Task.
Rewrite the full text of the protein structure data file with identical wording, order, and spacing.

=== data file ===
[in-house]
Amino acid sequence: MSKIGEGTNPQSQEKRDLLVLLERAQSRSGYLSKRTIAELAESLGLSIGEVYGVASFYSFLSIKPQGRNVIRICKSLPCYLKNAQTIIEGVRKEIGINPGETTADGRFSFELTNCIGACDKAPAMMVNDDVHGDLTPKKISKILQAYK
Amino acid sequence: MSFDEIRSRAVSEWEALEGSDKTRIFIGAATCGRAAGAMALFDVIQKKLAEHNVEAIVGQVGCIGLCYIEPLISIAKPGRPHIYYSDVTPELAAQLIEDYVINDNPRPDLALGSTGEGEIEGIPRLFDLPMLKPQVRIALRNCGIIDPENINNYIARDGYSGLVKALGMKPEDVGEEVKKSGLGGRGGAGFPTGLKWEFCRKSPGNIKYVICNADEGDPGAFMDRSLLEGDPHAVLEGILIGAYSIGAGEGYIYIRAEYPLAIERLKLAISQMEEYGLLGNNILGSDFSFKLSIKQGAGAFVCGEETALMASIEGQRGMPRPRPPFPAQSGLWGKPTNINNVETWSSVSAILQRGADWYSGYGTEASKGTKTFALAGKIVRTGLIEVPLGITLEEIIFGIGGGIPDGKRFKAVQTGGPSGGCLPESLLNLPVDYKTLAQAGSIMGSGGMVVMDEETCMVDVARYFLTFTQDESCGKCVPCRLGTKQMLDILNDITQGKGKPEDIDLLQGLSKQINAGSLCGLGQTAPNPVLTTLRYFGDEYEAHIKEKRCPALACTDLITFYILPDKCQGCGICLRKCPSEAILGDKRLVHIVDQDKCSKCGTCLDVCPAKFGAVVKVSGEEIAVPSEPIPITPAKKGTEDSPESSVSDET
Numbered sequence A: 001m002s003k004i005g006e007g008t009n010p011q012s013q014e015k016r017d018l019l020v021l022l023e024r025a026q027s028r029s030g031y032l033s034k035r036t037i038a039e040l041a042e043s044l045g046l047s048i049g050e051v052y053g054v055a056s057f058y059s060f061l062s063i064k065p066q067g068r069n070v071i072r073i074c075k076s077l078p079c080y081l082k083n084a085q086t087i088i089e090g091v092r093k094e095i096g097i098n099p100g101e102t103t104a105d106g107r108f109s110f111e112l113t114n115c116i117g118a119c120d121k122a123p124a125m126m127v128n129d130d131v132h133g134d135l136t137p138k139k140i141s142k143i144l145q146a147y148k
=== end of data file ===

[in-house]
Amino acid sequence: MSKIGEGTNPQSQEKRDLLVLLERAQSRSGYLSKRTIAELAESLGLSIGEVYGVASFYSFLSIKPQGRNVIRICKSLPCYLKNAQTIIEGVRKEIGINPGETTADGRFSFELTNCIGACDKAPAMMVNDDVHGDLTPKKISKILQAYK
Amino acid sequence: MSFDEIRSRAVSEWEALEGSDKTRIFIGAATCGRAAGAMALFDVIQKKLAEHNVEAIVGQVGCIGLCYIEPLISIAKPGRPHIYYSDVTPELAAQLIEDYVINDNPRPDLALGSTGEGEIEGIPRLFDLPMLKPQVRIALRNCGIIDPENINNYIARDGYSGLVKALGMKPEDVGEEVKKSGLGGRGGAGFPTGLKWEFCRKSPGNIKYVICNADEGDPGAFMDRSLLEGDPHAVLEGILIGAYSIGAGEGYIYIRAEYPLAIERLKLAISQMEEYGLLGNNILGSDFSFKLSIKQGAGAFVCGEETALMASIEGQRGMPRPRPPFPAQSGLWGKPTNINNVETWSSVSAILQRGADWYSGYGTEASKGTKTFALAGKIVRTGLIEVPLGITLEEIIFGIGGGIPDGKRFKAVQTGGPSGGCLPESLLNLPVDYKTLAQAGSIMGSGGMVVMDEETCMVDVARYFLTFTQDESCGKCVPCRLGTKQMLDILNDITQGKGKPEDIDLLQGLSKQINAGSLCGLGQTAPNPVLTTLRYFGDEYEAHIKEKRCPALACTDLITFYILPDKCQGCGICLRKCPSEAILGDKRLVHIVDQDKCSKCGTCLDVCPAKFGAVVKVSGEEIAVPSEPIPITPAKKGTEDSPESSVSDET
Numbered sequence A: 001m002s003k004i005g006e007g008t009n010p011q012s013q014e015k016r017d018l019l020v021l022l023e024r025a026q027s028r029s030g031y032l033s034k035r036t037i038a039e040l041a042e043s044l045g046l047s048i049g050e051v052y053g054v055a056s057f058y059s060f061l062s063i064k065p066q067g068r069n070v071i072r073i074c075k076s077l078p079c080y081l082k083n084a085q086t087i088i089e090g091v092r093k094e095i096g097i098n099p100g101e102t103t104a105d106g107r108f109s110f111e112l113t114n115c116i117g118a119c120d121k122a123p124a125m126m127v128n129d130d131v132h133g134d135l136t137p138k139k140i141s142k143i144l145q146a147y148k